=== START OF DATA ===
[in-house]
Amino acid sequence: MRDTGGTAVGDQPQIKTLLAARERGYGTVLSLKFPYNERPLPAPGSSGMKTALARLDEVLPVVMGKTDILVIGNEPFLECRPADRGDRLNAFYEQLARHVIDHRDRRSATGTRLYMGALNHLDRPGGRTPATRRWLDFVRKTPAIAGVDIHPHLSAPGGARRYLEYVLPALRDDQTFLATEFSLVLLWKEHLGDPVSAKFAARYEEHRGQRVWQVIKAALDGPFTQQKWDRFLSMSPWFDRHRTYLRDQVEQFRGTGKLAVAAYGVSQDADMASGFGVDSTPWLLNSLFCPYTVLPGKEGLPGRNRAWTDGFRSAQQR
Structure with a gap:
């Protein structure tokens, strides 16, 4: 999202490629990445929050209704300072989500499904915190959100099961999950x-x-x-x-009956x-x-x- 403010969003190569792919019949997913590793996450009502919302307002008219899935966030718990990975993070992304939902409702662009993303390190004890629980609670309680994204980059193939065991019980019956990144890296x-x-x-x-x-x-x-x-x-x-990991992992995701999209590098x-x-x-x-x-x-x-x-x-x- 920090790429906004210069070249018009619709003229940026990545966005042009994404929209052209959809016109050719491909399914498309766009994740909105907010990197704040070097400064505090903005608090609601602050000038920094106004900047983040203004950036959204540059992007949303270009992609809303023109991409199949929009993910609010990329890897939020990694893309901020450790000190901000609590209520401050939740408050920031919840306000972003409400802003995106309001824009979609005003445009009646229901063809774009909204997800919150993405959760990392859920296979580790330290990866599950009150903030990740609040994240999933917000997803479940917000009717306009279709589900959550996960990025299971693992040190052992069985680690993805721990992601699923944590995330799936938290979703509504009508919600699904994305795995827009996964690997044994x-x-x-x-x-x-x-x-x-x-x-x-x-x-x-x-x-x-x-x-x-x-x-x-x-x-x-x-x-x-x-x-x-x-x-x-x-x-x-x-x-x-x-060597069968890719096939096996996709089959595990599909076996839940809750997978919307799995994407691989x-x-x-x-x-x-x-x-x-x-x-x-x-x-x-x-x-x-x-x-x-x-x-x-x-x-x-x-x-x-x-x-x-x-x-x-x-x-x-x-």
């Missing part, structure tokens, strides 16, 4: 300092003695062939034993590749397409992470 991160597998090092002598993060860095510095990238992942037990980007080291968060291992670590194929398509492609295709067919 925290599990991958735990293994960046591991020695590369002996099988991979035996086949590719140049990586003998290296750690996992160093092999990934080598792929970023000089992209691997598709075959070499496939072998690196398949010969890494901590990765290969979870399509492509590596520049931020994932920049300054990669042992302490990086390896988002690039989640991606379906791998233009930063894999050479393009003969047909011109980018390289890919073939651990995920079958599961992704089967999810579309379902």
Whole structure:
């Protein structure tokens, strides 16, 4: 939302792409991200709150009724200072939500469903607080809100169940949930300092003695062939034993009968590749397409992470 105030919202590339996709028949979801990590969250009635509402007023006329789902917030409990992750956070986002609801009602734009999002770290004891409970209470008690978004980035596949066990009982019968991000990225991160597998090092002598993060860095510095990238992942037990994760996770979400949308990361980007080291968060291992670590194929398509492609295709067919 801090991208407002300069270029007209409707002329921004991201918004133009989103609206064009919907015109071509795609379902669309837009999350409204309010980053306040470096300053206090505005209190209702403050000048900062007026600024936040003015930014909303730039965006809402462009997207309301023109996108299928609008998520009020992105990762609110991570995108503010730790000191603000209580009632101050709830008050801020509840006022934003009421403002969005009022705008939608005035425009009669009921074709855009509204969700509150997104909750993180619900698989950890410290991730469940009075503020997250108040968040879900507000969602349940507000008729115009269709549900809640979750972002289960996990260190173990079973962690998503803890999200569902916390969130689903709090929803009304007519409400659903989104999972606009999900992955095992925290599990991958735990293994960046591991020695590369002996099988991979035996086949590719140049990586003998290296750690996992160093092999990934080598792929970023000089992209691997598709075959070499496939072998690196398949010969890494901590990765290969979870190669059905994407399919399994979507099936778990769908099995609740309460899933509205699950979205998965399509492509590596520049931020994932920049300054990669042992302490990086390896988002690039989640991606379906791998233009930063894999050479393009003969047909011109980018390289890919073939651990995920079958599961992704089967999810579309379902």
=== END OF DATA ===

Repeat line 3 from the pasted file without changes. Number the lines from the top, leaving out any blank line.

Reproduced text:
Structure with a gap: